The Port Campbell Surf Lifesaving Club, which was formed in the wake of the tragic drowning of a family washed off rocks in the 1960s, owes its existence to the selflessness of its hero volunteers.
Ross Powell, who drowned with his son Andrew on Sunday while trying to rescue a tourist clinging to rocks, was a founding member of the club and was just a teenager when it formed in 1965, Corangamite mayor Neil Trotter said.
Phillip Younis, who was winched from the ocean, is a stalwart of the club and was on Monday in The Alfred hospital where a spokesman said his condition had improved to stable.
Cr Trotter said that not only was Mr Younis a lifesaver with the club, he was also the Port Campbell CFA brigade captain and spent many years volunteering with the SES.
He said Mr Younis had been a farmer on a grazing property just out of Port Campbell and operated a boat charter business in the town.
"He's a very experienced boat operator, very familiar with the coast," Cr Trotter said.
The CFA said it was supporting Mr Younis' family and other members of the Port Campbell community.
CFA acting chief officer Gavin Freeman paid tribute to those who lost their lives, risking theirs, to help others.
"Our thoughts are with our emergency service partners, and colleagues, from Life Saving Victoria and the Victoria State Emergency Service, who these members of the community also volunteered with," he said.
Cr Trotter said the Port Campbell surf rescue squad was formed in the wake of the tragic drowning of a family who was washed off rocks near Port Campbell in the early 1960s.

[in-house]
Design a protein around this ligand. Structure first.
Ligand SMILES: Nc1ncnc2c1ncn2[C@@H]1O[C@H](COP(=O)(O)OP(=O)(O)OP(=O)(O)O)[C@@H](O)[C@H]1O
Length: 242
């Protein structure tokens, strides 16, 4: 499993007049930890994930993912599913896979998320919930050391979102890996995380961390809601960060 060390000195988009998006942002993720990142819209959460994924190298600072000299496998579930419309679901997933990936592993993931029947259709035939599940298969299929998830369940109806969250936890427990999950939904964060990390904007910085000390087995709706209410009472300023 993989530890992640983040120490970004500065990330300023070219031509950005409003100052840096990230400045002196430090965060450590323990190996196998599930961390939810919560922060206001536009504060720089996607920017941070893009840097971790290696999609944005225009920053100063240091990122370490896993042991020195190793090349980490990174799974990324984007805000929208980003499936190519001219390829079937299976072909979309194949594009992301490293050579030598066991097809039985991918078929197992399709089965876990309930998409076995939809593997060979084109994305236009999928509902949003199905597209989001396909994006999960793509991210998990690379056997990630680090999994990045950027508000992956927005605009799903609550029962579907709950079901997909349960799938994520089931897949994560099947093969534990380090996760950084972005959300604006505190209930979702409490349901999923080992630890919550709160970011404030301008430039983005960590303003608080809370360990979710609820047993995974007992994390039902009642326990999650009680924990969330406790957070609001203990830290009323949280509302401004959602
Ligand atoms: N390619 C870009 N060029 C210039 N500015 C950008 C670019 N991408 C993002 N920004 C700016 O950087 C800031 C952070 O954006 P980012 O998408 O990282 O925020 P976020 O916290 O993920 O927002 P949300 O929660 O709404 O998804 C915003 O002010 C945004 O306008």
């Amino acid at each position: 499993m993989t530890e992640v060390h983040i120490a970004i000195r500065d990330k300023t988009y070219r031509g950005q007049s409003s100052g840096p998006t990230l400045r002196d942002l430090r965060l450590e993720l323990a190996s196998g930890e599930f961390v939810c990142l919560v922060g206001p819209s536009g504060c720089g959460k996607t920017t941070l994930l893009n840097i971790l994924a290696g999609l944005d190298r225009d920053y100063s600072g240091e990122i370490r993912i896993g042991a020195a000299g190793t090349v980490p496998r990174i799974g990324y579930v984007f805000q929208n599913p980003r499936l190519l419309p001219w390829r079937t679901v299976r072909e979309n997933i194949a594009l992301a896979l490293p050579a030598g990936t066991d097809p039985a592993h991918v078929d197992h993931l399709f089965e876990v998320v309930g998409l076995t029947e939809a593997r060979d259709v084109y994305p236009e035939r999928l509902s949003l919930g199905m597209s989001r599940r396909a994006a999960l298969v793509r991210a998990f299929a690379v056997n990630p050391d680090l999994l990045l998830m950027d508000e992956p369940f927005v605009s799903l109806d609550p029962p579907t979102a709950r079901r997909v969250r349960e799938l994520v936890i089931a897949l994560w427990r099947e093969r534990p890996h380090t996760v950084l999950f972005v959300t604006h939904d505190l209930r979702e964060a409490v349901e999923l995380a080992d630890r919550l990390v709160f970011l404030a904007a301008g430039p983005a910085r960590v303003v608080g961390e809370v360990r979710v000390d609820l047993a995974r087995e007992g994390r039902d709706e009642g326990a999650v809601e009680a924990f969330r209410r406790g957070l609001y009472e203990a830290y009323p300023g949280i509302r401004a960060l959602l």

"A mother was swept off the cliff, mother and child I think, and the father went in to save them and I think they were all lost," he said.
"That was here at Port Campbell at Beacon Steps which are closed now.
"They used to have an old rocket squad here from the shipwreck days. It used to fire rockets if boats got into trouble off the cliff, they would fire a lifeline out with a rocket over the top of the boat and try and get people back to shore that way.
"It's a pretty antiquated way of doing it but that's what used to happen. That squad really morphed into the surf rescue squad.
"Ross was only a young kid at the time. He would have been in his teens and he was a foundation member."
He said the surf club had been called out numerous times over the years.
"Some of them are pretty tragic with people falling off cliffs and things like that," Cr Trotter said.
"Just because of the nature of that area, it's been an issue for a long time.
"So in some ways, our surf club offers a bit different service to what other places do in the state.
"The beach here in Port Campbell is considered quite a safe beach but any beaches out from here aren't.
"And when you get Easter time with huge swells rolling in, it just increases that risk."
Warrnambool Coastguard deputy flotilla commander Keith Prest, who was on a training exercise near Lake Gillear on Sunday when they got the call for help, paid tribute to the three surf lifesavers involved.
He said the coastguard often worked closely with the Port Campbell Surf Lifesaving Club and described them as selfless people who would do anything for you.
"They were prepared to bend over backwards for others," he said
"The actions of these Port Campbell guys are heroic."
Mr Prest said that by the time the coastguard arrived on Sunday, it was no longer needed.
He said the death of a father and son at sea near Port Campbell almost 20 years ago, along with other incidents, were what instigated the formation of the Warrnambool coastguard unit.
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